Colic – a word no horse owner wants to hear

There is no word the strikes fear into a horse owners heart faster than “colic.” Colic is a general term that is used to describe any kind of abdominal pain that a horse experiences. This can range from mild to very serious, sometimes even deadly. Knowing the signs of colic could save you and your horse from disaster.

The first thing you should do when you notice the signs of colic is call your vet immediately. Even if you think it may be a mild colic it is always better to be safe rather than sorry. It’s also important to know the times colic is most likely to happen. Though colic can happen at any time of the year, in the spring when new grass is growing tends to be a high threshold for colic.

Signs to look for when you suspect your horse may be experiencing colic are as follows:

Pawing at the ground. Signs of agitation from your horse when there appears to be no outside cause is a sign that something is going on down deeper.

Kicking or Biting at Belly. If a horse is experiencing belly pain he may kick or bite at the source to try to relieve some of the pain. Noticing a lot of this behavior may be a sign your horse has some belly pain.

Laying down repeatedly. While laying down by itself isn’t cause for alarm, if you notice your horse getting up and laying down repeatedly over a short period of time you may want to think about calling the vet.

Rolling. Just as with laying down, rolling by itself is not a problem. Horses love a good roll every now and again. However if you notice your horse is rolling a lot more than normal or he appears to be in distress while trying to roll there may be a problem.

Sweating. If you see your horse standing in his stall or in the field and you notice an abnormal amount of sweat on him that may be something you want to investigate further. Especially if your horse has not done a lot of work that day to cause the sweat.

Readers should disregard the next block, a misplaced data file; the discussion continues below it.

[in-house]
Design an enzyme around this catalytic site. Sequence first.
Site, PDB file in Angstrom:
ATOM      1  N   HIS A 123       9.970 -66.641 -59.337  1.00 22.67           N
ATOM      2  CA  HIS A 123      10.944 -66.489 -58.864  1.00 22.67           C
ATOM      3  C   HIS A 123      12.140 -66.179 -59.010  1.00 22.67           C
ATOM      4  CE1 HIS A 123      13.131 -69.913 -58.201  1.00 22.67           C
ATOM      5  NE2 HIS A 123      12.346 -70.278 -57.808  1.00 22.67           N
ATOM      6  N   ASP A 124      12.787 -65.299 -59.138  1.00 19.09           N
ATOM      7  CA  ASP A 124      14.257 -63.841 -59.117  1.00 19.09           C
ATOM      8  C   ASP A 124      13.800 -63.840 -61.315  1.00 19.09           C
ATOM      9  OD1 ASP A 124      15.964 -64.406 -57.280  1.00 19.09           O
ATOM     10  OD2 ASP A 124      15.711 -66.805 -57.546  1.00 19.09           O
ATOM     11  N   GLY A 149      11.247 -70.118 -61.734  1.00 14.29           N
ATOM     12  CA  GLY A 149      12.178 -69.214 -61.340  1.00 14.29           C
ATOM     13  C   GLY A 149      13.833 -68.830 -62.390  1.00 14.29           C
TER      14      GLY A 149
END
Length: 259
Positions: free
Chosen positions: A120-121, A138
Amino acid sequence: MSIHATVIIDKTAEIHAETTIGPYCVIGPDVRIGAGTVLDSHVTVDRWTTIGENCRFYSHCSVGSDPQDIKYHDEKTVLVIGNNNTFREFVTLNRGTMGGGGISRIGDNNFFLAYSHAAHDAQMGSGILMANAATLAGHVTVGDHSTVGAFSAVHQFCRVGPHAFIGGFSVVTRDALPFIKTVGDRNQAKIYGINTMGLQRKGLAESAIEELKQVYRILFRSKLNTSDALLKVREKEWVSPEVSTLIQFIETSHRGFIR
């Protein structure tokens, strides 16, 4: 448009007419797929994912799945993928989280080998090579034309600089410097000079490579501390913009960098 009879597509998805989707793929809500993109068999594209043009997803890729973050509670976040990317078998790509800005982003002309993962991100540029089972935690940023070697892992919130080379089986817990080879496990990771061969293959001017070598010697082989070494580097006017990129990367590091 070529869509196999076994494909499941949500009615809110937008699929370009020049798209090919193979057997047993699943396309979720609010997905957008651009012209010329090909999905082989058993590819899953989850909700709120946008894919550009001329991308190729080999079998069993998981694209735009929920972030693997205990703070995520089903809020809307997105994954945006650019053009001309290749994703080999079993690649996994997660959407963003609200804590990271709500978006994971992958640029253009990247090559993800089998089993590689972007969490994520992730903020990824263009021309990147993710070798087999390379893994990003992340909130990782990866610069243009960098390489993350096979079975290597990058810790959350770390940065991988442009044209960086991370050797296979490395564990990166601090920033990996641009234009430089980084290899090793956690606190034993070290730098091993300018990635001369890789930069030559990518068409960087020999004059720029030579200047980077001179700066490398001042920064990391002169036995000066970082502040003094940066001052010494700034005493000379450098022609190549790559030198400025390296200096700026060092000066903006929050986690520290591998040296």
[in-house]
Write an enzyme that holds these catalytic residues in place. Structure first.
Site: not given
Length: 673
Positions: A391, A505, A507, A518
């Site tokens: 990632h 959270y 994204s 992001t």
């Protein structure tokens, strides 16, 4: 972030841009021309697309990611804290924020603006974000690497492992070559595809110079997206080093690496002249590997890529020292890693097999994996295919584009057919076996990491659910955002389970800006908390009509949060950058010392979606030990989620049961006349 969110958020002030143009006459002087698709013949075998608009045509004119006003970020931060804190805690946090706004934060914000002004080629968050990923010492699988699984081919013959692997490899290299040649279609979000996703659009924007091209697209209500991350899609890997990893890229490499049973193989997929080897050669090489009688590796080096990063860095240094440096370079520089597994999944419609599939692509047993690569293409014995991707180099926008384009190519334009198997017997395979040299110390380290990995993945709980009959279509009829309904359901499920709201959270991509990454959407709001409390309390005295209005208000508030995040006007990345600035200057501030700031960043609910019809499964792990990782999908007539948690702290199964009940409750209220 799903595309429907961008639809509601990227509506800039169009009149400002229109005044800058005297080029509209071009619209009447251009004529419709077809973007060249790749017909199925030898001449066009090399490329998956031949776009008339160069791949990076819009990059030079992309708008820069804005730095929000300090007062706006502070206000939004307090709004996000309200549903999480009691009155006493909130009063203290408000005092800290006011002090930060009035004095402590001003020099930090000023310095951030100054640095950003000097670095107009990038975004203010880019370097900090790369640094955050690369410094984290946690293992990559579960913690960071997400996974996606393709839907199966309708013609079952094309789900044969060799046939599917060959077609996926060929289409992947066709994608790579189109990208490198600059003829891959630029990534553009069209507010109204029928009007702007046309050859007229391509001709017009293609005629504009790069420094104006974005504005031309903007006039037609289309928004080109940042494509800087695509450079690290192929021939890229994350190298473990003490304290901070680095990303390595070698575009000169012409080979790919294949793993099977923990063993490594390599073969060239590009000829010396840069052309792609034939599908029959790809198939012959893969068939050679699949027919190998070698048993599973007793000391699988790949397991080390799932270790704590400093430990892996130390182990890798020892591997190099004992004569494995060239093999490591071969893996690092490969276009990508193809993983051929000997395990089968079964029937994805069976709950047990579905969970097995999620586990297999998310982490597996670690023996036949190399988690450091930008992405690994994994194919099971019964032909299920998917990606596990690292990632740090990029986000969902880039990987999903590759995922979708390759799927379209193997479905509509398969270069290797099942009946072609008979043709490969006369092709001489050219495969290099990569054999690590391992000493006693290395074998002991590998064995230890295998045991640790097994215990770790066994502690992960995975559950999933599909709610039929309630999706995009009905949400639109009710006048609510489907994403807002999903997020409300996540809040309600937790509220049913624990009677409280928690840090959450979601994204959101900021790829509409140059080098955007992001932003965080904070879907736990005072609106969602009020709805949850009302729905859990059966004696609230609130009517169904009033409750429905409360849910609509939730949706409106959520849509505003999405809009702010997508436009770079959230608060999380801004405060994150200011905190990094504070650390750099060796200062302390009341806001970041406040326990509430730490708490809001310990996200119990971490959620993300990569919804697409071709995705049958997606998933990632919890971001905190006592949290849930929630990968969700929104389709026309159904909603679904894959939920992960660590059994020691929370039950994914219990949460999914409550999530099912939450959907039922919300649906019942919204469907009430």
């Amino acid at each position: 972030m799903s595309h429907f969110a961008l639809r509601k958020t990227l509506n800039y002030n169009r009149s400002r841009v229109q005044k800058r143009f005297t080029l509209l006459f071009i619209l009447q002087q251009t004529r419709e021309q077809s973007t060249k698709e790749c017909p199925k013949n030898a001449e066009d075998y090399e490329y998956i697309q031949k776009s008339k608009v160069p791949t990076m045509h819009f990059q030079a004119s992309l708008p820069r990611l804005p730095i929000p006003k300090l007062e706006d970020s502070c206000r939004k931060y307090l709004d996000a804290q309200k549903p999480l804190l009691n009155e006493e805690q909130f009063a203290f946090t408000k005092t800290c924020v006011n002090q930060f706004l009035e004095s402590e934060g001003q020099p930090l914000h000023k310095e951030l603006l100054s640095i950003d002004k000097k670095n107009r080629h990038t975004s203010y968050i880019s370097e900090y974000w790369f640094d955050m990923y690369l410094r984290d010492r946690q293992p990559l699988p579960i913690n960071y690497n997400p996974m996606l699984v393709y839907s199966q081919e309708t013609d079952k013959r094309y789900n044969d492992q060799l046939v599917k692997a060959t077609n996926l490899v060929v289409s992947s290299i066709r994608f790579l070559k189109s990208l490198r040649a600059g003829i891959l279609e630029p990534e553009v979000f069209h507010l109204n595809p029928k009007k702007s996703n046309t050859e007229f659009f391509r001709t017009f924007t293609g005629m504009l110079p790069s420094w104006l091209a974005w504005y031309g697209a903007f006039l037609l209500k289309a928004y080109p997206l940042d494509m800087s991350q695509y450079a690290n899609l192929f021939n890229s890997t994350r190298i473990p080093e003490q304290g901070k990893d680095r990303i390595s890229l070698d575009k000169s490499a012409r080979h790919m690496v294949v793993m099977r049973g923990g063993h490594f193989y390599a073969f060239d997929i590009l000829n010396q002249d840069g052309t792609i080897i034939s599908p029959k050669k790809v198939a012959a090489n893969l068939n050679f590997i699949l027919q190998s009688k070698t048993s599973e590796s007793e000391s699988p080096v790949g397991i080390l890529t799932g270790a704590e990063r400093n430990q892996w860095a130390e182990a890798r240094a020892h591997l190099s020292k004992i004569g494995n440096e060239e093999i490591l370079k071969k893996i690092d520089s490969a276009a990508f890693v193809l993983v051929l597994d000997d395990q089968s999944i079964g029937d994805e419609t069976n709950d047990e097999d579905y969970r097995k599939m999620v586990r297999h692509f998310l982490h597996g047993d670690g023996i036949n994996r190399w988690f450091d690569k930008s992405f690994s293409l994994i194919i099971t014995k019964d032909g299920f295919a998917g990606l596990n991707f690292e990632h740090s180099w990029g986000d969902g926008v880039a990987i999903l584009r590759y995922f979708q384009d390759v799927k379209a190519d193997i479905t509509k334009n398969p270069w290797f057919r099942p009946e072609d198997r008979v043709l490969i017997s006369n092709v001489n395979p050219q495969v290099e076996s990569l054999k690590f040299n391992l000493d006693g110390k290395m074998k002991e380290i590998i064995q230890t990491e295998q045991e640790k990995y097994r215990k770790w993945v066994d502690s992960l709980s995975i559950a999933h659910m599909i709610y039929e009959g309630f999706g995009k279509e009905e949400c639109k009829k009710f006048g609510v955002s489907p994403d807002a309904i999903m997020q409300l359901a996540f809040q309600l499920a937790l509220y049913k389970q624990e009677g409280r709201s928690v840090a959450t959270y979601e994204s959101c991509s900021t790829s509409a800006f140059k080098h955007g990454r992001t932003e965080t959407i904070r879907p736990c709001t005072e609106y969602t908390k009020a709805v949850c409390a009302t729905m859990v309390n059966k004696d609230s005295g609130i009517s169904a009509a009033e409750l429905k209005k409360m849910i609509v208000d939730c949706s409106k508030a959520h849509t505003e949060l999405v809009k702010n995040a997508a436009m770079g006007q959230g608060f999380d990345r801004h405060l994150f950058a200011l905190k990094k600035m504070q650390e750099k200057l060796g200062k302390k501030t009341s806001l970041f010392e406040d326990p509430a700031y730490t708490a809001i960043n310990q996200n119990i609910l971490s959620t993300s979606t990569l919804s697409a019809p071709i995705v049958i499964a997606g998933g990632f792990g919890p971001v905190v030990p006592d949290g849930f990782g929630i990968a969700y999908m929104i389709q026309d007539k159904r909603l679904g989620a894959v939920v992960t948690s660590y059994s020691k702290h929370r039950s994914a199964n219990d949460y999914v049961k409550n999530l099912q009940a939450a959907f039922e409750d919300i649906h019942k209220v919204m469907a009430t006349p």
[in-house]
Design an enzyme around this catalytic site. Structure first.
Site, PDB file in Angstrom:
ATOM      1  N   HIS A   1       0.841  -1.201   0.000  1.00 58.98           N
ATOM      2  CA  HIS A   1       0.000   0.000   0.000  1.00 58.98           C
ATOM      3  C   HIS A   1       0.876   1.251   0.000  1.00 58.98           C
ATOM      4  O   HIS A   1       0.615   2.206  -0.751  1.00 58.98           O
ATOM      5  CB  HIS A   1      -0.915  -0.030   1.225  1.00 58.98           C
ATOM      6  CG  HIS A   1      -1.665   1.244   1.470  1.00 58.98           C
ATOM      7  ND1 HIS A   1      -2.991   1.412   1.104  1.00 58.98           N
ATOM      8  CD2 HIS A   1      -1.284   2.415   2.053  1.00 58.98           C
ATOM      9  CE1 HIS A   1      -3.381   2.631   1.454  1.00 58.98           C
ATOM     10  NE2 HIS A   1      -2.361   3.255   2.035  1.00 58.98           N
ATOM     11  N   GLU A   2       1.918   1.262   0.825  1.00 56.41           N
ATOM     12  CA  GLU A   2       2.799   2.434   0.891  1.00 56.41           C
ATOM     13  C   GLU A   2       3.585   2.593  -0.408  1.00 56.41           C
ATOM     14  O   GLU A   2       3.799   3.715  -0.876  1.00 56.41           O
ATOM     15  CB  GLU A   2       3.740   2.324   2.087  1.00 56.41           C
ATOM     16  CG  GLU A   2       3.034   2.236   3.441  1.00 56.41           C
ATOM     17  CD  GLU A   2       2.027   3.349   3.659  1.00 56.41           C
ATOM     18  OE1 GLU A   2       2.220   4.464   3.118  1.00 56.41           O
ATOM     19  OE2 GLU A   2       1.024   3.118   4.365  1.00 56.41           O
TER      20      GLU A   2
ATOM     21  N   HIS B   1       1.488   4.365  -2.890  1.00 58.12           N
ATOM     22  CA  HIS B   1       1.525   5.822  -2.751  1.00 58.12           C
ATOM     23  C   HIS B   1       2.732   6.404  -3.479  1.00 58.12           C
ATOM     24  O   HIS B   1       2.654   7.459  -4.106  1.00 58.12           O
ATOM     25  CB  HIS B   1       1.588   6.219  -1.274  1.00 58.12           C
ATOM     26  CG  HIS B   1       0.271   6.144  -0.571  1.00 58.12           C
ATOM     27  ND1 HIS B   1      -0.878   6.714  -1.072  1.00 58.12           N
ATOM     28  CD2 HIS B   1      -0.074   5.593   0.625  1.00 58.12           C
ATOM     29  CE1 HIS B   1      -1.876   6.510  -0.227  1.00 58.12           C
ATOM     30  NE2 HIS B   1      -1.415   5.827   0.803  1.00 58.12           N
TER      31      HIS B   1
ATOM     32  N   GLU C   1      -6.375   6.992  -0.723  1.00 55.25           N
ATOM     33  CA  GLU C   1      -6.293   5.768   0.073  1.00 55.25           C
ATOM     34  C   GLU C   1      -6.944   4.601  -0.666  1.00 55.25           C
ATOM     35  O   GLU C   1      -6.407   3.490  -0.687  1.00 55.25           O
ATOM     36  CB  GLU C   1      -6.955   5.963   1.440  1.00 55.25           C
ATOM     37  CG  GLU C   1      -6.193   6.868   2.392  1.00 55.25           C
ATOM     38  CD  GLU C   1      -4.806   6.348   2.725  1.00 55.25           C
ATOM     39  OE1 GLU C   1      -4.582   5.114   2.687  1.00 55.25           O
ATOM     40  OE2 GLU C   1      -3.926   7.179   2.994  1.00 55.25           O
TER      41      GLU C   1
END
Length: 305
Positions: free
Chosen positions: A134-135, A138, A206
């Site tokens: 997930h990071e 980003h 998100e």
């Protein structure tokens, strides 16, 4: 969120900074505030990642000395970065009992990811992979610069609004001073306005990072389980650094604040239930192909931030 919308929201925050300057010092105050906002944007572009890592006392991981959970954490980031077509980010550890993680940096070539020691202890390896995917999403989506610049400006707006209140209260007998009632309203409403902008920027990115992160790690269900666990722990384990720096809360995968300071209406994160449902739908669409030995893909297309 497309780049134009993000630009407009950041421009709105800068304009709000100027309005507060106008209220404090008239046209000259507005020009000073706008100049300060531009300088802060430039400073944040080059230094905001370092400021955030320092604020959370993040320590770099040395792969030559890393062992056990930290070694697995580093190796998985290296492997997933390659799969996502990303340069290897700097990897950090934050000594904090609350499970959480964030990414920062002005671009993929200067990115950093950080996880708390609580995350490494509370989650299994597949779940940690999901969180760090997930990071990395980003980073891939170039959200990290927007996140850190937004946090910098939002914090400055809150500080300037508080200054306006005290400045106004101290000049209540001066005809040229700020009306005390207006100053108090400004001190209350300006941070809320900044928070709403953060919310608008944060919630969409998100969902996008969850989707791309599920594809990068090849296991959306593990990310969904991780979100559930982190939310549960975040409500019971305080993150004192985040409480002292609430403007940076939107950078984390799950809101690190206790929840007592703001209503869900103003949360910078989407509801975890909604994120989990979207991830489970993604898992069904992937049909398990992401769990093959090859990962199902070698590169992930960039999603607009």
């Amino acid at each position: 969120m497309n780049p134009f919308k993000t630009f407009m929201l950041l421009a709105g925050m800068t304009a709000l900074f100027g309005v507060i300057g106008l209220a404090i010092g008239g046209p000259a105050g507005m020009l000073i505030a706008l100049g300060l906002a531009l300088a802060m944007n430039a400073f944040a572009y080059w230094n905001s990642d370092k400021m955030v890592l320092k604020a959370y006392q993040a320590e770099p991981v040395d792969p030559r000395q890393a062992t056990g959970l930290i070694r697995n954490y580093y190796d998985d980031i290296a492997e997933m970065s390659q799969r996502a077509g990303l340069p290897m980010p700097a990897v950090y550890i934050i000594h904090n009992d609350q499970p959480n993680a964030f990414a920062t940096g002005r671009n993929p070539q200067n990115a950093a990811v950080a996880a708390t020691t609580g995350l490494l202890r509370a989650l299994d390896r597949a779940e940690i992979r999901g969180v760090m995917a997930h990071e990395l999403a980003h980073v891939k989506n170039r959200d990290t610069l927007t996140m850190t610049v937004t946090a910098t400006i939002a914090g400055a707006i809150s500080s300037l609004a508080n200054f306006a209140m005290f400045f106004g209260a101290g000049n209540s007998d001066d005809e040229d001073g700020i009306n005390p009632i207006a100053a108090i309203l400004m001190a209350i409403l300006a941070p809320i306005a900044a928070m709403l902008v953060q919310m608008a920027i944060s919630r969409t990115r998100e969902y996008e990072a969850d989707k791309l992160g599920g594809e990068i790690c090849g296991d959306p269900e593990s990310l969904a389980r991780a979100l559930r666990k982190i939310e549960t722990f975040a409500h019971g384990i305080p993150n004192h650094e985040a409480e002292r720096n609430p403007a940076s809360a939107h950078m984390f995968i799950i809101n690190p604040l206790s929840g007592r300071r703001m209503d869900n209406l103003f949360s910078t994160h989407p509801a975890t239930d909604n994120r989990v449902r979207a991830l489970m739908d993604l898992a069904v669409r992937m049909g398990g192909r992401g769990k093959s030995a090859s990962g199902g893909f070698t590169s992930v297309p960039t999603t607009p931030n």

Bulking out. When a horse bulks out it almost appears as if your horse needs to urinate but nothing happens. Seeing a lot of this behavior could be a sign something is wrong.

While all of these signs may not indicate a problem by themselves, seeing a combination of these signs is a good indication that your horse may be colicking. It is important that once you recognize the signs and believe that your horse is colicking you prepare for the vet to get there. Pull your horse’s food and water. If your horse has a block in his intestines you don’t want him taking in anything else that may add to it. If your horse will allow, hand walk him until the vet gets there. Light exercise may help your horse take his mind off the pain until the vet can come and look at him.

Colic is a very serious condition. Sometimes it can even result in surgery which is usually expensive. Having insurance on your horse with a medical plan that covers colic surgery is a good idea.

Give us a call at 614-875-3755 to discuss insurance for your horse. You can also send us an email at with the breed, use, age, and value of your horse (and the state you live in) for a free, no hassle quote.

Article written by Kayla Stephens